One of the interesting dynamics of living in New York City is the way we constantly switch between identifying with our macro- and micro-communities. For example, because of our excellent subway system (don’t let the complainers and the haters fool you: it is among the best, if not the best, on the planet), almost all of New York City can easily be “your neighborhood”. And, frankly, this attitude is by far the best way to get the most of out all the city has to offer.
At the same time, New Yorkers also tend to be fiercely loyal to–and stereotyped by others because of–our specific community. Quick: picture a resident of a Park Slope apartment. Now do Tribeca. Bushwick. Astoria. The Upper East Side. Harlem. Murray Hill. Staten Island. See? Everyone does it. And drilling down even further, the most savvy New Yorkers know that even the most established, homogeneous communities can differ considerably in their character on a block-by-block basis. And its that level of neighborhood exploration–down to the block–that was the subject of two great posts this past week.
State of the Block 2013 from the NY Times
To coincide with Mayor Bloomberg’s “State of the City” address (on Valentine’s Day! such a romantic…) The New York Times City Room blog asked its readers to chime in with their own, closer-to-home “State of the Block” proclamations. Needless to say, the response was passionate. And though complainers out-commented the contented (this is the internet, after all), the piece overall provided some nice snapshots of NYC communities all over town.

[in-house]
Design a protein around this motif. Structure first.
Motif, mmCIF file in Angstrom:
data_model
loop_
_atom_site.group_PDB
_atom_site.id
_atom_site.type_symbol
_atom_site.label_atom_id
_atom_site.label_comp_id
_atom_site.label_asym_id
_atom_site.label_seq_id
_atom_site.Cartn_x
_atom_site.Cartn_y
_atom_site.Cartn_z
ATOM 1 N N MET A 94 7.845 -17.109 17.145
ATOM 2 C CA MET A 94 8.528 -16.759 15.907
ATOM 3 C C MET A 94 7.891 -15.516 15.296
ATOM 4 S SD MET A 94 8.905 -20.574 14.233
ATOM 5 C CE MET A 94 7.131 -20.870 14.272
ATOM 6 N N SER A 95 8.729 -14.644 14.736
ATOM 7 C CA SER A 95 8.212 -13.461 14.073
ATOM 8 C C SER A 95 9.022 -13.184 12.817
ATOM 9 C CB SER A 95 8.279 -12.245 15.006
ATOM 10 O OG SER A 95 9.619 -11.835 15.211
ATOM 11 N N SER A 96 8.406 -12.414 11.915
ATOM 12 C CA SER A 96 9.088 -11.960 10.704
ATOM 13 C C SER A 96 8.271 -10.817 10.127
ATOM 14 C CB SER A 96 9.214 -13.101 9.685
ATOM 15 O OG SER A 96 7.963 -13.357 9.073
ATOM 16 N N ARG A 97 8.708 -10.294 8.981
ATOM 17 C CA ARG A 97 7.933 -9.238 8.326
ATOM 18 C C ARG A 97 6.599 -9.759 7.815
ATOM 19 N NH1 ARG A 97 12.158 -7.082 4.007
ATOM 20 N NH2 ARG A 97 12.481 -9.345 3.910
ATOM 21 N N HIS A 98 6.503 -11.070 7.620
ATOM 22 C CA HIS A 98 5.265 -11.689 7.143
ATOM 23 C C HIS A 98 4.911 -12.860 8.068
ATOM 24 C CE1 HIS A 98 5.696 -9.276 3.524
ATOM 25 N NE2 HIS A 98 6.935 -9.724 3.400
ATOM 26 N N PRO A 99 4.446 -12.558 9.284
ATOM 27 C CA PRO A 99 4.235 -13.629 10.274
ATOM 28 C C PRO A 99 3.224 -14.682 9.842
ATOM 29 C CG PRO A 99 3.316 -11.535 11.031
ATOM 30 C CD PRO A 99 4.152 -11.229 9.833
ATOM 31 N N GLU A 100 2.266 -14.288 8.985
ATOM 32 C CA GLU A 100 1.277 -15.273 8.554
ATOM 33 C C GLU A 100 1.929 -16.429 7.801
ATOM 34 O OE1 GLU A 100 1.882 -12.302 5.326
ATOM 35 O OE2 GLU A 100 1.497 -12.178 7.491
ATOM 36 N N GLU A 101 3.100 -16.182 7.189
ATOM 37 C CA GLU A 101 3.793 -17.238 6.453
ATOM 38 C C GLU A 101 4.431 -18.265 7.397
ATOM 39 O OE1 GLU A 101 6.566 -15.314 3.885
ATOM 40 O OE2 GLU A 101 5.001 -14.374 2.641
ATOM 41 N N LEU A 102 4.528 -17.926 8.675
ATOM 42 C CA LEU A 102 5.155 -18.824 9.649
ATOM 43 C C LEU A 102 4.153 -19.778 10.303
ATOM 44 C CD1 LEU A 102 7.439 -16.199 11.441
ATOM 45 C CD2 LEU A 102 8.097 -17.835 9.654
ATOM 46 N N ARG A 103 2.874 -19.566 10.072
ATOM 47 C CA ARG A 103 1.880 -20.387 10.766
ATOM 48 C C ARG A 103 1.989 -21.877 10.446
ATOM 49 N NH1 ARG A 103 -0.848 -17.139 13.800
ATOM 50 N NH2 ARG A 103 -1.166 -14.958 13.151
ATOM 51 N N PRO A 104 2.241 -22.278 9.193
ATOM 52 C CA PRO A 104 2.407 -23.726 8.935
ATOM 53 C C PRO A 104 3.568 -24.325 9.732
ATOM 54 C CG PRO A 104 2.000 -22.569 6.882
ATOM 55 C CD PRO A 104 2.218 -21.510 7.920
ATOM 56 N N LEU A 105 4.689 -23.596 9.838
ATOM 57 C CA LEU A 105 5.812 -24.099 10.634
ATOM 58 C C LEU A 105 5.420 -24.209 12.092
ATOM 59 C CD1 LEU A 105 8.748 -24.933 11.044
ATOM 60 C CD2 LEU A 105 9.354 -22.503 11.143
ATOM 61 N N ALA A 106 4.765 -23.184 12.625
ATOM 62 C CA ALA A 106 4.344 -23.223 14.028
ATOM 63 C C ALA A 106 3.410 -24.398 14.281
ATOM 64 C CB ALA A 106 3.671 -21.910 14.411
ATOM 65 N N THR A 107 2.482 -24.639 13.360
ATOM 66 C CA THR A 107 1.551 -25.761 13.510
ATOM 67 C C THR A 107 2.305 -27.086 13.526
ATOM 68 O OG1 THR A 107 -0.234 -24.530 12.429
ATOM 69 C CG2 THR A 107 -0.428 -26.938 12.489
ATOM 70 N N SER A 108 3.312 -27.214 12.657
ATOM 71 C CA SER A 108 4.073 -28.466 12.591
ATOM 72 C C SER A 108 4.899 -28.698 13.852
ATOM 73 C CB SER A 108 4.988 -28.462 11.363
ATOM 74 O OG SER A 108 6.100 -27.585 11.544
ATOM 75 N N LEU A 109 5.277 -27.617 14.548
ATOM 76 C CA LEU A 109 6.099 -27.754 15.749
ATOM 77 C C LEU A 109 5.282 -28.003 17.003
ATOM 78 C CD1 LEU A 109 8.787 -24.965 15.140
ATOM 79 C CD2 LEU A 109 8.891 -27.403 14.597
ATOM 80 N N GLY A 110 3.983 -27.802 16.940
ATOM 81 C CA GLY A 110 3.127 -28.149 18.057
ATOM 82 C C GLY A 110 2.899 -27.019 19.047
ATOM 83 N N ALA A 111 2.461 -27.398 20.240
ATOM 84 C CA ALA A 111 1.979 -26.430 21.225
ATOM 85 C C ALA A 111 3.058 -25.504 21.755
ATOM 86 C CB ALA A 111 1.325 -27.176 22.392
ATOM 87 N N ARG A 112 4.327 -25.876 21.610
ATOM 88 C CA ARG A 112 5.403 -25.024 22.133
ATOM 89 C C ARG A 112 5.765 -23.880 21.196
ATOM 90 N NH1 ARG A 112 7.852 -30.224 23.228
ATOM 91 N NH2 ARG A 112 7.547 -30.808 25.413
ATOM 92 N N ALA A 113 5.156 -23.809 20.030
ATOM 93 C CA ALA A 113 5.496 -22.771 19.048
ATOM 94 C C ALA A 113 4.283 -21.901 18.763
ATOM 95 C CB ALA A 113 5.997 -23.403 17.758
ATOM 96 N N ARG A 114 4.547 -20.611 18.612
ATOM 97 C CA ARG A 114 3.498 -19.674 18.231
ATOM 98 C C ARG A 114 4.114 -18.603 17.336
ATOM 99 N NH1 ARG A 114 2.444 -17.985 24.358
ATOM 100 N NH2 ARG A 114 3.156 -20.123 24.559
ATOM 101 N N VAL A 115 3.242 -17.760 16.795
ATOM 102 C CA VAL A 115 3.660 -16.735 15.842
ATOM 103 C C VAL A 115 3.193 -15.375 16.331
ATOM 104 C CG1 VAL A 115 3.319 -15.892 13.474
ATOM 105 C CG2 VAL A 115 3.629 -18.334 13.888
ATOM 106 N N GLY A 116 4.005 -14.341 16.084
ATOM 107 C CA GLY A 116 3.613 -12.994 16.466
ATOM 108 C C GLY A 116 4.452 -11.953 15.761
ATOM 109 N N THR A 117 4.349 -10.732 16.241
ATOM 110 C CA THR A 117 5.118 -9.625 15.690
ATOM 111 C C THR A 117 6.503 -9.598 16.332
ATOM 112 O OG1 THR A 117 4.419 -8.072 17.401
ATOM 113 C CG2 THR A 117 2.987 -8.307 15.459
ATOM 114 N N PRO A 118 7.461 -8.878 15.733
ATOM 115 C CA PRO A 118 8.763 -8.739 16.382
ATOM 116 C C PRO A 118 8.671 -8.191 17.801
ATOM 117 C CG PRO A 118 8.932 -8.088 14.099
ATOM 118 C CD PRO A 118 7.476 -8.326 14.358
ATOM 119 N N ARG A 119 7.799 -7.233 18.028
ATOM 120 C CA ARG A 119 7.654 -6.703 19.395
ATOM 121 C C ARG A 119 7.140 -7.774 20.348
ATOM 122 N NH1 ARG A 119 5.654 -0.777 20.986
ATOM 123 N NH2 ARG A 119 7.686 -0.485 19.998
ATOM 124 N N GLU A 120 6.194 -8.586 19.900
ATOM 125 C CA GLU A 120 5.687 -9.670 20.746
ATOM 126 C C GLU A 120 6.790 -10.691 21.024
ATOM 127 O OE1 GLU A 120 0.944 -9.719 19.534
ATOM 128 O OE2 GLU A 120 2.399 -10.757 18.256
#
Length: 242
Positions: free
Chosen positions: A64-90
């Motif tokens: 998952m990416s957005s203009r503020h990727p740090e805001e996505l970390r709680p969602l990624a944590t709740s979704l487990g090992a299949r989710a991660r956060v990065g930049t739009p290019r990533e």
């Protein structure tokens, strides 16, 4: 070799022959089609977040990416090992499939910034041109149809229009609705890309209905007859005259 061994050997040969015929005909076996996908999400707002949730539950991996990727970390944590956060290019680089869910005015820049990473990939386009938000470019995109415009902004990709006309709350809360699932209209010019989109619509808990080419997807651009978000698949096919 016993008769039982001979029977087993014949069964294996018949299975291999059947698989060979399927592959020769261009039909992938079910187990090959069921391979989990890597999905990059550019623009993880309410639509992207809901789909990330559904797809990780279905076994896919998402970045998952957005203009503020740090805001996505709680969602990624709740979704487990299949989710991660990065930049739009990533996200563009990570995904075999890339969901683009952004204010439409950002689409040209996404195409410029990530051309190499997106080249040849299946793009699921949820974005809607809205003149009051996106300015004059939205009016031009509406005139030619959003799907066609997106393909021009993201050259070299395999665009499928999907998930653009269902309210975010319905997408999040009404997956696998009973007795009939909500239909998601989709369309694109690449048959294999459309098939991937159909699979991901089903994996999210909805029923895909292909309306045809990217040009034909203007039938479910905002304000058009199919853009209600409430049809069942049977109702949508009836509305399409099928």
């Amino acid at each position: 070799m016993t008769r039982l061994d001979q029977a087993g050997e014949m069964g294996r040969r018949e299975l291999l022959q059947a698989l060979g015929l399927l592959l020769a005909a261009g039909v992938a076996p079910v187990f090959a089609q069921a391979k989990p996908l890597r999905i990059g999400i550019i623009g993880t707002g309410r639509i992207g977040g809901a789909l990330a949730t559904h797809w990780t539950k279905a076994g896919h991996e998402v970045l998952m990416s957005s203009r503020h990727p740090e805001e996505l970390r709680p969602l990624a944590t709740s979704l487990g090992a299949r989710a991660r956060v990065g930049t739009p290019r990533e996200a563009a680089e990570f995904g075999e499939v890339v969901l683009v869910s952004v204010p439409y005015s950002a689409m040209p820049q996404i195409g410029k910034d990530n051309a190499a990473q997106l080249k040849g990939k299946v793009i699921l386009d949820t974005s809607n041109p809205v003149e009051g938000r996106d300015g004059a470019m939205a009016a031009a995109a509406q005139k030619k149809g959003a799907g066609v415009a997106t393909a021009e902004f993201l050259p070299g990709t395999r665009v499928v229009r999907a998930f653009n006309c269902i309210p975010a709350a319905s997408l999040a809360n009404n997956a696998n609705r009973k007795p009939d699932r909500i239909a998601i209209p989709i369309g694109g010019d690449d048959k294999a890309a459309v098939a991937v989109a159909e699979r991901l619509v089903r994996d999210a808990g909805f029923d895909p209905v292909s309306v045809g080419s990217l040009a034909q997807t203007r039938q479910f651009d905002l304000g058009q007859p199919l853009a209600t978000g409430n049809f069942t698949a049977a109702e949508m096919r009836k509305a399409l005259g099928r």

Take this quote, for example, from Max of West 173rd Street, between Audubon and Amsterdam Avenues: “My area in Washington Heights, like every neighborhood in New York City has been at one time or another, is a diamond waiting to be polished and reset.” Or this, from Jon Green, about the changes going on in his neck of Bed-Stuy: “We even have a frat guy who, shortly after arriving, got a vanity plate for his giant Hummer that says King of Brooklyn.” And on. Definitely worth a read, both the raw and the edited, if you’re looking for a NYC no-fee rental apartment and you’re unsure where you want to live.
Cool New DOT Tool for Receiving Public Feedback on Traffic Safety
Much less broad but such a cool communication tool I hope it becomes widespread, last week Curbed pointed out that the Department of Transportation’s month’s-long investigation into improving traffic safety and overall quality of life for residents of Park Slope and Bay Ridge apartments along Fourth Avenue now involves an awesome, interactive, comments-from-the-community feature.
In what is basically a hack of Google Street Views of Fourth Avenue (from Atlantic Avenue to 14th Street in Park Slope; and, somewhat confusingly, from Shore Road to Shore Road in Bay Ridge (Shore Road loops)), the DOT gives everyone the opportunity for feedback, complaints, suggestions with a simple interface: just click anywhere along the route and write your comment on a virtual post-it, which then gets posted on the exact location of your concern. Naturally, the comments run the gamut from the specific and constructive (“The entire curbside lane from 14th to 13th should be designated No Standing to allow for safe drop off and pick up of students”) to the general and cranky (“We need trees. 4th Avenue is ugly.)”, but the application of this user-friendly community-feedback tool could be very useful in future planning.